If you’ve had your car serviced at Express or Firestone lately, the mechanic probably told you to change the transmission fluid every 30,000 miles, and there are good reasons for that. What some car owners don’t realize is that the automatic transmission fluid (ATF) wears out and overheats, and over the long haul this isn’t good for your car.
Why the Automatic Transmission Fluid Wears Out
An automatic transmission generates heat via friction, including that of the fluid within the torque converter and during clutch plate engagement. In addition, there’s friction and heat produced by the bearings and gears due to their loads. When your car is running the transmission fluid starts to heat up. Under normal driving conditions the ATF temperature will hit 175 F, and that’s the temperature these fluids are supposed to run. If the temperature doesn’t change the ATF can be used for up to 100,000 miles or so, but it does change and often goes higher. The higher the temperature gets, the more likely trouble will occur.
What Happens When the ATF Temperature Increases?
As the temperature goes up, the ATF turns brown and oxidizes, and the smell begins to resemble that of toast. The heat slowly destroys the fluid’s friction and lubricating properties, and varnish starts to appear on the internal component, interfering with the transmission’s functions.
If the temperature goes over 250 degrees F, expect hardening of the rubber seals, and if left untreated will lead to pressure losses and leaks. As the temperature continues to go higher you’ll notice the transmission start to slip, and this leads to even more heating.
To give you an idea of the effect of overheating, the transmission fluid at 195 F reduces life expectancy to 50,000 miles, while at 220 degrees the fluid is good for only 25,000 miles, and if the heat level reaches 300 degrees F, the ATF will be lucky to last 1,000 miles. Given these numbers, it’s crucial you keep the ATF in good condition as well as the rest of your car.
What Causes ATF to Rise?
While experts recommend you change the ATF every 30,000 miles, you’ll need to change it sooner if the car is constantly towing a trailer, frequently goes through stop and go traffic, travel at high speeds during hot summer days or drive along mountainsides and rugged terrain.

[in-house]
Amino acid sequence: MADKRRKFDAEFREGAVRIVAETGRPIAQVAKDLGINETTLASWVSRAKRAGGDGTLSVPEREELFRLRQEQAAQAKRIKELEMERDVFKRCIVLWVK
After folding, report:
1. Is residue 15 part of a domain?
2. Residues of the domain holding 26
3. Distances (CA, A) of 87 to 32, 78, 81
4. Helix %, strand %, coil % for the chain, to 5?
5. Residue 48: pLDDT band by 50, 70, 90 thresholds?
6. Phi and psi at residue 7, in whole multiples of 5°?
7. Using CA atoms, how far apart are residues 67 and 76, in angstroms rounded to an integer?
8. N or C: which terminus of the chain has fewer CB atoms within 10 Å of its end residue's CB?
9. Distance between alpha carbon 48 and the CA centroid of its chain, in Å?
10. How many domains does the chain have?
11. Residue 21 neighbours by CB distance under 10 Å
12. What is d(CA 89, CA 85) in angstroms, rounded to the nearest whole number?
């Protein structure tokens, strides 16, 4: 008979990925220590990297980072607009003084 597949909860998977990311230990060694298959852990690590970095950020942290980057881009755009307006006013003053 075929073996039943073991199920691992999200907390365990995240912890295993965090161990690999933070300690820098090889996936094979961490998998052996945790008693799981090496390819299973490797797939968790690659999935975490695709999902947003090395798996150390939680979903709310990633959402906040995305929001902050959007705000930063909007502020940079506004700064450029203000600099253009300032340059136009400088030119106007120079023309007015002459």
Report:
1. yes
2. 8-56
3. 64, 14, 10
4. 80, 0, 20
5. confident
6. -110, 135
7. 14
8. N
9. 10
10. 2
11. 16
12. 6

The ATF will also heat up if you keep pushing the transmission in an attempt to pull it out of snow or mud, and overheating can also arise from problems with the built-in cooling system, the radiator, fan, clutch, thermostat and so on.
How to Cool the ATF
Most cars have a heat exchanger at the radiator’s end tank or near the bottom, so when the hot ATF circulates, the exchanger cools it down, but its efficiency depends on the radiator, which could be from 180 to 220 F. If you think the built-in cooling system isn’t effective you can go for an auxiliary cooling system, which any car service can install.
An auxiliary cooling system can significantly reduce the ATF temperature, prolonging the fluid’s life. The fin/plate type is a bit more effective than the fin and tube design, but either one of these can lower the temperature by 80 to 140 degrees if properly installed.
Types of ATF Fluid
The question now is what type of automatic transmission fluid should be used. There are different types, and you can find the appropriate one in your owner’s manual. You can also check the transmission dipstick because it might be stated there. If you’re driving an old Ford odds are you’re going to need a type F, but it will different for others.
It’s imperative that you use the correct fluid type for your car because the wrong type can have an adverse effect on the shifts and movement. If the wrong fluid is applied for instance, that could make the transmission shift too much, and in other cases it can weaken the unit and lead to rapid wear.
Changing the ATF
This is a complicated process because you’re not going to find a drain plug for the fluid change, so it’s better to let a professional do this. If you want to do this yourself you need to get under your car and take out the pan from the transmission. Fluid will come out so make sure you’ve got a big pan to catch them. A standard fluid changer requires 3 to 6 quarts of fluid, a pan gasket and a new filter.
Make sure the transmission fluid isn’t filled to the brim because that can lead to foaming and cause the transmission to shift erratically. Again, the changing process is a complex one so if you’re going to do this yourself make sure you know what you’re doing.